National Minimum Wage – Avoid the ‘Name and Shame’Posted in : HR Updates on 22 March 2020
National Minimum Wage – Avoid the ‘Name and Shame’
The Government recently announced the “biggest cash increase ever” in minimum wages. In April 2020 the National Living Wage is set to rise by a whopping 6.2% and younger workers who receive National Minimum Wage (NMW) will see their pay boosted with increases of between 4.6% and 6.5%, dependant on their age. It is widely acknowledged that these increases are necessary to reduce poverty and power imbalances between employers and workers at the lower end of the labour market. That being said, the significant risks that the overhaul poses for businesses in 2020 cannot be overlooked.
While paying employees the National Minimum Wage may seem like a straightforward obligation, complexity and ambiguity in the law often leads to accidental non-compliance by employers. A government scheme “naming and shaming” employers caught paying under the minimum wage was suspended in December 2018 amid concern from some firms who were being shamed on technical rather than deliberate breaches. No firms have been named in the last 18 months. However, come April 2020 the Government will be reinstating this “naming and shaming” campaign for businesses flouting National Minimum Wage and any failures to pay National Minimum Wage will result not only in the pay back of arrears to employees but also a 200% penalty. It is therefore critical that employers fully understand their National Minimum Wage obligations.
There are a number of notable ambiguities in the National Minimum Wage law that commonly catch employers out. Some examples of these grey areas include:
- Failing to compensate employees for uniforms. If you require your employees to wear a uniform, you cannot ask them to pay for it (or contribute to the cost) if this will bring their wage payments below the minimum rates. A number of popular stores and restaurants slipped up on this area; Wagamama, TGI Fridays and Karen Millen were all “named and shamed” in 2018 for underpayments relating to uniform.
- Salary sacrifice schemes. The Epilepsy Society, for example, deducted rent directly from employees’ pay when they were living in on-site, reduced rate accommodation. HMRC found that this practice meant that employee’s pay effectively dropped below the National Minimum Wage, despite it being a staff benefit.
- Including pay premiums in the calculation of minimum wage. For example, time-and-a-half or double-time for bank holiday or weekend working.
- Not counting the entire time the employee spends working For example, time spent locking up the premises.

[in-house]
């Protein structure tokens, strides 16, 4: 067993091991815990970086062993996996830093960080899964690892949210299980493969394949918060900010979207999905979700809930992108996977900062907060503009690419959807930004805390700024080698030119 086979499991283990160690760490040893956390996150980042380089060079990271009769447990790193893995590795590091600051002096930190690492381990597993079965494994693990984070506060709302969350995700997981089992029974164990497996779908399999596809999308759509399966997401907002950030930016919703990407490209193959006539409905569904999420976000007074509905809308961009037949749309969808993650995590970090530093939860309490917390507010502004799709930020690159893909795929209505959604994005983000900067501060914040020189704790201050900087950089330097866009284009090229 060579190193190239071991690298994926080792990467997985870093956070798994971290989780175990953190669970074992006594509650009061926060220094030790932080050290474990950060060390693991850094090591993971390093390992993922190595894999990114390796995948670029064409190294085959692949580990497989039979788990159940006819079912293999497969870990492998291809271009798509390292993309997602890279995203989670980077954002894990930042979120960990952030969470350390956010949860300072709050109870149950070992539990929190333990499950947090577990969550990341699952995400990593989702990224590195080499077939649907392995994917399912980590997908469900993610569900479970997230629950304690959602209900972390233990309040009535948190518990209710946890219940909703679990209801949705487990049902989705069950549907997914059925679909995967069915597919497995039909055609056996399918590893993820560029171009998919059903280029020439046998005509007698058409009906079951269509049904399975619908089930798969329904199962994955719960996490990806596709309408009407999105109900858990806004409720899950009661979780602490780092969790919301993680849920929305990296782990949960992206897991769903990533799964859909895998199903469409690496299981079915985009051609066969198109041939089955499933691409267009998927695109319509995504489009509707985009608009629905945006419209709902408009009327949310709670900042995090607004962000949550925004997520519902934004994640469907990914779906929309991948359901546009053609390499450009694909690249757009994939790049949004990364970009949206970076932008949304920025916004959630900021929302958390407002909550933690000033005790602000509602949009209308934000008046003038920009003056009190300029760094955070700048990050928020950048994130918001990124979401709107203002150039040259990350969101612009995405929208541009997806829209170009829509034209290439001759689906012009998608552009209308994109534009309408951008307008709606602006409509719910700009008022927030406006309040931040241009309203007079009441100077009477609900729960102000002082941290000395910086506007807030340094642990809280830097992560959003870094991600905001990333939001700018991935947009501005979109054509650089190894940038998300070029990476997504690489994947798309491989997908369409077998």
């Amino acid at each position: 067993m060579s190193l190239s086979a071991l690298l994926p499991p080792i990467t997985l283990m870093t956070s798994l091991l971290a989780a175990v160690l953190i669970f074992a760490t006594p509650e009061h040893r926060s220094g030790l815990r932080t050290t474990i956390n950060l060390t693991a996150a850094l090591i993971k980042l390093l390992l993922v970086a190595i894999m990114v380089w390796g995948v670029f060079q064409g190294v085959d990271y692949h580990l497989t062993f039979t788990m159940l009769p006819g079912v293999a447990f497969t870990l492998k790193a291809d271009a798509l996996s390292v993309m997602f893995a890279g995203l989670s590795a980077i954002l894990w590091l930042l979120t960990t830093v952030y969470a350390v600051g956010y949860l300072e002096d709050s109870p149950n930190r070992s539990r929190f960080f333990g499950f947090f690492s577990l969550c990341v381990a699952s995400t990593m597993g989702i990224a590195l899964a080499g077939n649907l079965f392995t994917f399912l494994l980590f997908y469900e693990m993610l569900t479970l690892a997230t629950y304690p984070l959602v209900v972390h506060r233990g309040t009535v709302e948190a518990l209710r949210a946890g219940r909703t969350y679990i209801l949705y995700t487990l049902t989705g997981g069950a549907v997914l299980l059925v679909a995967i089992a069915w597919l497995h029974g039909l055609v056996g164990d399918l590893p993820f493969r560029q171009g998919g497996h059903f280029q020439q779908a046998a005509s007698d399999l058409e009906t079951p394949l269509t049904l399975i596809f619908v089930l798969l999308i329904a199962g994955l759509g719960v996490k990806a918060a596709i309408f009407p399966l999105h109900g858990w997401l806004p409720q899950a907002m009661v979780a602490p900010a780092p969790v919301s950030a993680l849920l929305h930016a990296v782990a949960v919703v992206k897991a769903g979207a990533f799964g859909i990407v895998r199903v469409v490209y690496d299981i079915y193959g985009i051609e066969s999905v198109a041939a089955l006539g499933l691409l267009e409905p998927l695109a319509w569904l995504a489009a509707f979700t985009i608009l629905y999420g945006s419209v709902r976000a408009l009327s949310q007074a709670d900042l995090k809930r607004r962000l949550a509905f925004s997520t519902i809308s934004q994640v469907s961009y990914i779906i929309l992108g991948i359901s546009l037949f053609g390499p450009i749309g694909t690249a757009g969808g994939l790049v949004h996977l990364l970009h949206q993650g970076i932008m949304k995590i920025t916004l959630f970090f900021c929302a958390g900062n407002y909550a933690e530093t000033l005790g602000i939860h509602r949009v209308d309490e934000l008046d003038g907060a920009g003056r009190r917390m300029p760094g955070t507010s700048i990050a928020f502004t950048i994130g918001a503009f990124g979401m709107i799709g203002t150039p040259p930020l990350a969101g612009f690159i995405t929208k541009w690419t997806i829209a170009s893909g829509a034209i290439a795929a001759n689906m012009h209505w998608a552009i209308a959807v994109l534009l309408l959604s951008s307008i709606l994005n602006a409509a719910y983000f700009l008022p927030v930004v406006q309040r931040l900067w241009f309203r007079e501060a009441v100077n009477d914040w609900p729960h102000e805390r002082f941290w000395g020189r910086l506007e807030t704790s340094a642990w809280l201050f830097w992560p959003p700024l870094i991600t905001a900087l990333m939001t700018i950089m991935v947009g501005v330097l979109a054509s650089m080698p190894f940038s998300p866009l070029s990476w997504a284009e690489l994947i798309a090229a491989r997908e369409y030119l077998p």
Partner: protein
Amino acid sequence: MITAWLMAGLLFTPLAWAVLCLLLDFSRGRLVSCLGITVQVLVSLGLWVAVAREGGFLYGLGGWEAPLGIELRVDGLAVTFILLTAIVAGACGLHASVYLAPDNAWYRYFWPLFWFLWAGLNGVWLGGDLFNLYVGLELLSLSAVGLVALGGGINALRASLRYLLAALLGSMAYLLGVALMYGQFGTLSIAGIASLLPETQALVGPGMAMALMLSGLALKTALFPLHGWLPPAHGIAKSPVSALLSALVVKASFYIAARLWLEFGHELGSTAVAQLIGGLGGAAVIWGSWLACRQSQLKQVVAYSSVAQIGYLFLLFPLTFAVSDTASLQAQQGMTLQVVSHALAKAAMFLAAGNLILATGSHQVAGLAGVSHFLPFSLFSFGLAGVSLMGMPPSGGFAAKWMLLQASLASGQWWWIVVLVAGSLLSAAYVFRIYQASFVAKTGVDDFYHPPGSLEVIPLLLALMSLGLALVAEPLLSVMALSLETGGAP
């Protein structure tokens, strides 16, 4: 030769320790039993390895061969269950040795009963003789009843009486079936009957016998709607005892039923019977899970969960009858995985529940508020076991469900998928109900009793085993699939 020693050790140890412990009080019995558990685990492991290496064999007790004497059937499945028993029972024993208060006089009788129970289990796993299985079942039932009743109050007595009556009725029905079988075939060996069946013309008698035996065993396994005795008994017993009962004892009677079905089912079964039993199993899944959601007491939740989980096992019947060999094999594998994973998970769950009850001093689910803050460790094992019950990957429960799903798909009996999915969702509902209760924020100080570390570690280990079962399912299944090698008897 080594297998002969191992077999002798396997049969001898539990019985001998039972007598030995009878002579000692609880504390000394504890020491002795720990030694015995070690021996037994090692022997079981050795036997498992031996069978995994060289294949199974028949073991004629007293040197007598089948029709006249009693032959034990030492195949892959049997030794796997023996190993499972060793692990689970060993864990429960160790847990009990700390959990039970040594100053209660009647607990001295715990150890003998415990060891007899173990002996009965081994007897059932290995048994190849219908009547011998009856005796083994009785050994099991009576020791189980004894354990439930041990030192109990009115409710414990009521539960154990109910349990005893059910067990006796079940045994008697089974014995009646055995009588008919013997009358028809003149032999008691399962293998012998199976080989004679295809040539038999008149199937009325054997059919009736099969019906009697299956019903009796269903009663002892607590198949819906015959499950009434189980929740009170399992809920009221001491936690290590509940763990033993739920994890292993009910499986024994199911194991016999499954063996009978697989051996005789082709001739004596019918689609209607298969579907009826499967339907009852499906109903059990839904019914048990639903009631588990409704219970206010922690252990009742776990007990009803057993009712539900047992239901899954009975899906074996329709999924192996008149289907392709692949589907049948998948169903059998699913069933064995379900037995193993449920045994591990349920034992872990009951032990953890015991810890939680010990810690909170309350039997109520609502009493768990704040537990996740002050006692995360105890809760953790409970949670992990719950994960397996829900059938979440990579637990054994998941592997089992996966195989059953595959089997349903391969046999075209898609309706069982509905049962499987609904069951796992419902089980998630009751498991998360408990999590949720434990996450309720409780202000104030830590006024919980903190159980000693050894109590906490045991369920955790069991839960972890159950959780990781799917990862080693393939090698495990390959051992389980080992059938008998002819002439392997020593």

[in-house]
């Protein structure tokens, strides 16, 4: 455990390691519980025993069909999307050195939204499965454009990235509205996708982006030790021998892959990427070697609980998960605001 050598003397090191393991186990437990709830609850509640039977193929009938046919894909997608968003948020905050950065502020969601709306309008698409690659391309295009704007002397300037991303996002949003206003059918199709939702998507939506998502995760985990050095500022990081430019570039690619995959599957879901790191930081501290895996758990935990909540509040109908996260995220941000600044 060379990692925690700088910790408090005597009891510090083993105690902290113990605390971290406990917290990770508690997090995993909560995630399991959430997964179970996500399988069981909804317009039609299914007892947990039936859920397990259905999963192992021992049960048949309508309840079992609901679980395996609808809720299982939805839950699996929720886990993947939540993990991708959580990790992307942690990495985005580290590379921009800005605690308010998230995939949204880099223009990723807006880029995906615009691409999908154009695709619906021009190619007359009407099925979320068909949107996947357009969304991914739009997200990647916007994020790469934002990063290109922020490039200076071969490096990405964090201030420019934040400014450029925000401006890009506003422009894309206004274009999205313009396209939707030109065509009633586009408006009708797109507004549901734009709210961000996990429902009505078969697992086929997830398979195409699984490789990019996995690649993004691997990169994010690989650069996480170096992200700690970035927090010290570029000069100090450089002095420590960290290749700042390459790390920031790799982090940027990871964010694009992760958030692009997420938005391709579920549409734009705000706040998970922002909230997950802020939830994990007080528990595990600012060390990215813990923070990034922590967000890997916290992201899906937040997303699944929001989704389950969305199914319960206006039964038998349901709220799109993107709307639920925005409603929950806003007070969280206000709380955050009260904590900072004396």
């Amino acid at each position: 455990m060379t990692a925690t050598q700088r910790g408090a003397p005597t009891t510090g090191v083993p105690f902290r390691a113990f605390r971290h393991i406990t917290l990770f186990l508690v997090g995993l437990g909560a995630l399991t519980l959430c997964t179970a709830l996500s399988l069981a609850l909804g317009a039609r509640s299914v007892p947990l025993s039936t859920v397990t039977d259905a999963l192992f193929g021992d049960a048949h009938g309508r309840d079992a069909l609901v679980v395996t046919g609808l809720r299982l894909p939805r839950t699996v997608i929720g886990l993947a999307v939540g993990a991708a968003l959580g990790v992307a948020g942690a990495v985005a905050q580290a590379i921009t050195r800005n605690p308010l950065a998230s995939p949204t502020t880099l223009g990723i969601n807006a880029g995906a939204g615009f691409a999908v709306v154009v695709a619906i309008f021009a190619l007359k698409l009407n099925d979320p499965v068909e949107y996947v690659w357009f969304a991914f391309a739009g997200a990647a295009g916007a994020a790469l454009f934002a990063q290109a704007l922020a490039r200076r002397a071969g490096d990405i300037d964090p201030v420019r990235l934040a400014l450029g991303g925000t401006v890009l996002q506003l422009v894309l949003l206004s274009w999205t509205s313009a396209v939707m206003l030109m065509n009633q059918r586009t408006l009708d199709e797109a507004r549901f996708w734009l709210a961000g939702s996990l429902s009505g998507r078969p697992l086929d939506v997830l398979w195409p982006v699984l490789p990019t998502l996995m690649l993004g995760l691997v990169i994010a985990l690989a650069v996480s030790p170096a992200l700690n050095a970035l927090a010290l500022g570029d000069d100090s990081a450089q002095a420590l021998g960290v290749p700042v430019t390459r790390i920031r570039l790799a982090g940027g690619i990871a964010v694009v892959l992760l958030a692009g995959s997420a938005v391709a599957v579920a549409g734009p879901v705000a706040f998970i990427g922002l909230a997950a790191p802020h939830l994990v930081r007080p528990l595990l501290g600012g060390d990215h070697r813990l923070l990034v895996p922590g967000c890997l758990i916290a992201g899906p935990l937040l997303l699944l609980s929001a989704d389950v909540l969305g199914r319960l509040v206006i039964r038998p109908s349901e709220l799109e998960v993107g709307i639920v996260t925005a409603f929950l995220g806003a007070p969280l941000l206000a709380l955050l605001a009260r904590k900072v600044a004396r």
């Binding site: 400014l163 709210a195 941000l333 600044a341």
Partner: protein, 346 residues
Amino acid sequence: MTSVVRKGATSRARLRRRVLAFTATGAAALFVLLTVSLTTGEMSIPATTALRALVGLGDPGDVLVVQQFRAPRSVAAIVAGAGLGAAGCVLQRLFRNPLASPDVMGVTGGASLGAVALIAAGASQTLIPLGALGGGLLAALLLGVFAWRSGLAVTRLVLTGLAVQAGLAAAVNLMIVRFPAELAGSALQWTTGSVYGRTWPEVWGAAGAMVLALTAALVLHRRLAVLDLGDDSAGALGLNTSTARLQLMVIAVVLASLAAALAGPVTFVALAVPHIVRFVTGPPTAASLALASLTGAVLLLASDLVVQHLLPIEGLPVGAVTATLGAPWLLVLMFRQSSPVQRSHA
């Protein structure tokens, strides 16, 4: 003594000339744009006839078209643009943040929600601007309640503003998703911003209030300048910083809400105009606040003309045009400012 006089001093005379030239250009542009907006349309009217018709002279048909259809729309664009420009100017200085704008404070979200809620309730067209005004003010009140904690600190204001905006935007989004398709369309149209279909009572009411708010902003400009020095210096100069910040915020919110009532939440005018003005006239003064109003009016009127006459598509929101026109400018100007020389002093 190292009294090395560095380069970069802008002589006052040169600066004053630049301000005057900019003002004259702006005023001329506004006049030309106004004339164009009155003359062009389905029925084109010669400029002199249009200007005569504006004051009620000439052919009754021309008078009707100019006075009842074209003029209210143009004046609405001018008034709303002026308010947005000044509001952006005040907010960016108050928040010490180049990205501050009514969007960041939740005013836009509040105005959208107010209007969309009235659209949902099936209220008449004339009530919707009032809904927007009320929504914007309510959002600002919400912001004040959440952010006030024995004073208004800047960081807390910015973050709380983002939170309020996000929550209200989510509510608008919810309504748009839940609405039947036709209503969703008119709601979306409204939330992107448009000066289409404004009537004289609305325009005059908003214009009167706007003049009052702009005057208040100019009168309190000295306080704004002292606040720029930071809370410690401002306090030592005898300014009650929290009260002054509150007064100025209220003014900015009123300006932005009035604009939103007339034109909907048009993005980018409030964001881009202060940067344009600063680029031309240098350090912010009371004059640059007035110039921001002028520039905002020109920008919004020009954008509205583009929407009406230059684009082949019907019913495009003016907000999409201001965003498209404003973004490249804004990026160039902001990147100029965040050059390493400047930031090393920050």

- Not paying individuals for “trial shifts,” (commonly used in hospitality). Requiring applicants to work an unpaid trial shift is not illegal as long as the unpaid shift is part of a “genuine recruitment process” and does not last more than a few hours. The HMRC will assess trial shifts on a case by case basis.
- Not classifying workers correctly For example, registering staff as self-employed instead of employed.
- Failing to pay staff for travelling as part of their job For example, travel between homes in the case of care providers.
- Not paying employees for on-boarding, briefing and training exercises.
- If tips and gratuities are paid at work they cannot count towards the National Minimum Wage and should be paid on top of it.
Some top tips to avoid underpaying staff:
- Review employment practices and policies and consider whether they might create any issues with minimum wage compliance.
- Mitigate any potential risks such as any of the National Minimum Wage grey areas listed above.
- Find out which staff are eligible for the new rate and update the company payroll prior to April 2020.
National Minimum Wage Workshop: Compliance Ahead of New Increases
Think People Consulting are holding a workshop on National Minimum Wage in Belfast on Tuesday 28th April 2020. This workshop will assist employers in ensuring that their payment processes correctly reflect the latest regulations and case law.
The workshop will be co-delivered by Carson McDowell Solicitors Belfast and Think People Consulting, and will cover the legal requirements relating to National Minimum Wage as introduced in April 2020, the practicalities of implementation of the new rates, and ensuring that grey areas are avoided.
To view more information and reserve your space, visit: https://www.thinkpeople.co.uk/events-registration/?ee=45This article is correct at 22/03/2020
The information in this article is provided as part of Legal-Island's Employment Law Hub. We regret we are not able to respond to requests for specific legal or HR queries and recommend that professional advice is obtained before relying on information supplied anywhere within this article.